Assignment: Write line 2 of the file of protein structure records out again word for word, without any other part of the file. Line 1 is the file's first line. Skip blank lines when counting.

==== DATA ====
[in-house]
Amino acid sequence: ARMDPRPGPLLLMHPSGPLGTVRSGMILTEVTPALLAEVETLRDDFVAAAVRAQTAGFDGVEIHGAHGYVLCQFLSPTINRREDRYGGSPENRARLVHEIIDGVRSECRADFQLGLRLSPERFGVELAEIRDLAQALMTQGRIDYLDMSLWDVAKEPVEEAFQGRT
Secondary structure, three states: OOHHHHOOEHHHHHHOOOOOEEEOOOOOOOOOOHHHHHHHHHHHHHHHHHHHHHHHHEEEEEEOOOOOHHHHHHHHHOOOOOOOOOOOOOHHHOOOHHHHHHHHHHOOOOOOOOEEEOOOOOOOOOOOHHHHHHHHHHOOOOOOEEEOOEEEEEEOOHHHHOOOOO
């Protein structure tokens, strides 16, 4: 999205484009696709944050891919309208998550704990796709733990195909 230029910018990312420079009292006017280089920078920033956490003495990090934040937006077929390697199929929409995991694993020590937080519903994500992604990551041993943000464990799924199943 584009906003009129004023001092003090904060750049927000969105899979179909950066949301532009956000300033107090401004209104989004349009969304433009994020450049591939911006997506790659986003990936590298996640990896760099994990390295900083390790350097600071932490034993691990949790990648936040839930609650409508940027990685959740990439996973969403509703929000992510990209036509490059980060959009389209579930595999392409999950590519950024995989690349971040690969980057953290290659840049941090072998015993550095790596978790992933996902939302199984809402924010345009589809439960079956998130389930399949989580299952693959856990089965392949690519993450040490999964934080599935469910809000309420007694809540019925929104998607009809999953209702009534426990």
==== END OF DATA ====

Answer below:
Amino acid sequence: ARMDPRPGPLLLMHPSGPLGTVRSGMILTEVTPALLAEVETLRDDFVAAAVRAQTAGFDGVEIHGAHGYVLCQFLSPTINRREDRYGGSPENRARLVHEIIDGVRSECRADFQLGLRLSPERFGVELAEIRDLAQALMTQGRIDYLDMSLWDVAKEPVEEAFQGRT